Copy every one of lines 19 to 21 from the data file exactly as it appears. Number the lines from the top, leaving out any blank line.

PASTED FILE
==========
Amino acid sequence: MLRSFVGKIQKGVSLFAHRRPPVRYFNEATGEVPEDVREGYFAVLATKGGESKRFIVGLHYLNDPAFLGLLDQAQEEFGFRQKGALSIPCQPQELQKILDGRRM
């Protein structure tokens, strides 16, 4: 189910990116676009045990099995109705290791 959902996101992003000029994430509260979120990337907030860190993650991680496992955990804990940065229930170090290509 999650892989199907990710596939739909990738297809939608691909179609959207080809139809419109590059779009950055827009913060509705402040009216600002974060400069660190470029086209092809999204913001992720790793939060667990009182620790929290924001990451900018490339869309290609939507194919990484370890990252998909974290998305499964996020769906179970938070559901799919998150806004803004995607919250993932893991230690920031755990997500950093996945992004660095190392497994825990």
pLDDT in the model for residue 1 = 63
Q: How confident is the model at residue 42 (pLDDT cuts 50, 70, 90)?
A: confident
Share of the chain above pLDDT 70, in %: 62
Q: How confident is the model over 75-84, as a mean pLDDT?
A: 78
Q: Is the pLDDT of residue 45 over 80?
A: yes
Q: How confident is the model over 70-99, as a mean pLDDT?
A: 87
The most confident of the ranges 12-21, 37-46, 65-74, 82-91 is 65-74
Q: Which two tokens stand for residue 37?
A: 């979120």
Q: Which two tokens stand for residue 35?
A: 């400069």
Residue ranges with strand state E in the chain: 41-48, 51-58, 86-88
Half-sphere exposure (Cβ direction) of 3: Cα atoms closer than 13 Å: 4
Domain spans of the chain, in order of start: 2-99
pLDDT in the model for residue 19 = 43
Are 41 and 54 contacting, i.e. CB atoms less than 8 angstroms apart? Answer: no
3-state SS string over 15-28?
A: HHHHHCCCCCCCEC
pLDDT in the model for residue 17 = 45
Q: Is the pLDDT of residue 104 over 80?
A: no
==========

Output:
Half-sphere exposure (Cβ direction) of 3: Cα atoms closer than 13 Å: 4
Domain spans of the chain, in order of start: 2-99
pLDDT in the model for residue 19 = 43